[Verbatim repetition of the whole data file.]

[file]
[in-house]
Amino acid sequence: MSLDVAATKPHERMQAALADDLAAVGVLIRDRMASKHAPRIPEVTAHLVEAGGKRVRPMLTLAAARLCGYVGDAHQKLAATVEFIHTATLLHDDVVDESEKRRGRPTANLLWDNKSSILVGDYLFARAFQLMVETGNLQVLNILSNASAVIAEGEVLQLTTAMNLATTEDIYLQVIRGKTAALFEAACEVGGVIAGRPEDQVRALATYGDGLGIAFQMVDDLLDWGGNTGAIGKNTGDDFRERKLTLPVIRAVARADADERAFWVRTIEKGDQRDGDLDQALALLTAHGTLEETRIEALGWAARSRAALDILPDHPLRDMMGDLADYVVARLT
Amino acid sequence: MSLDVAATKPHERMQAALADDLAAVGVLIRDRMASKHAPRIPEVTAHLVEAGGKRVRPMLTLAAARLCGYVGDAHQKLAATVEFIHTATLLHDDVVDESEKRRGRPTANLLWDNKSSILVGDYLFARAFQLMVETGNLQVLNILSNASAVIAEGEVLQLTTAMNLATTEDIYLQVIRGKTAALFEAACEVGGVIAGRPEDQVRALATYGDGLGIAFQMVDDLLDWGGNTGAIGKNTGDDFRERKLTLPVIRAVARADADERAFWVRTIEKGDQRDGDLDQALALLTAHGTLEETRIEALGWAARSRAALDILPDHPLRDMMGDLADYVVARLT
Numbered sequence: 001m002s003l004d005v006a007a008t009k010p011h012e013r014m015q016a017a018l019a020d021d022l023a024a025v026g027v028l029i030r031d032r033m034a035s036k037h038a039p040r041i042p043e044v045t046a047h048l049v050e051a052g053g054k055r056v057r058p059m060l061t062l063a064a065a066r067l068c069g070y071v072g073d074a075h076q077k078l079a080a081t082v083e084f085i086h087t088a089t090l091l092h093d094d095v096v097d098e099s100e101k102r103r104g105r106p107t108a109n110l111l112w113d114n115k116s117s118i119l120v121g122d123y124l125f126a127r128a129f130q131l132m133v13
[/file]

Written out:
[in-house]
Amino acid sequence: MSLDVAATKPHERMQAALADDLAAVGVLIRDRMASKHAPRIPEVTAHLVEAGGKRVRPMLTLAAARLCGYVGDAHQKLAATVEFIHTATLLHDDVVDESEKRRGRPTANLLWDNKSSILVGDYLFARAFQLMVETGNLQVLNILSNASAVIAEGEVLQLTTAMNLATTEDIYLQVIRGKTAALFEAACEVGGVIAGRPEDQVRALATYGDGLGIAFQMVDDLLDWGGNTGAIGKNTGDDFRERKLTLPVIRAVARADADERAFWVRTIEKGDQRDGDLDQALALLTAHGTLEETRIEALGWAARSRAALDILPDHPLRDMMGDLADYVVARLT
Amino acid sequence: MSLDVAATKPHERMQAALADDLAAVGVLIRDRMASKHAPRIPEVTAHLVEAGGKRVRPMLTLAAARLCGYVGDAHQKLAATVEFIHTATLLHDDVVDESEKRRGRPTANLLWDNKSSILVGDYLFARAFQLMVETGNLQVLNILSNASAVIAEGEVLQLTTAMNLATTEDIYLQVIRGKTAALFEAACEVGGVIAGRPEDQVRALATYGDGLGIAFQMVDDLLDWGGNTGAIGKNTGDDFRERKLTLPVIRAVARADADERAFWVRTIEKGDQRDGDLDQALALLTAHGTLEETRIEALGWAARSRAALDILPDHPLRDMMGDLADYVVARLT
Numbered sequence: 001m002s003l004d005v006a007a008t009k010p011h012e013r014m015q016a017a018l019a020d021d022l023a024a025v026g027v028l029i030r031d032r033m034a035s036k037h038a039p040r041i042p043e044v045t046a047h048l049v050e051a052g053g054k055r056v057r058p059m060l061t062l063a064a065a066r067l068c069g070y071v072g073d074a075h076q077k078l079a080a081t082v083e084f085i086h087t088a089t090l091l092h093d094d095v096v097d098e099s100e101k102r103r104g105r106p107t108a109n110l111l112w113d114n115k116s117s118i119l120v121g122d123y124l125f126a127r128a129f130q131l132m133v13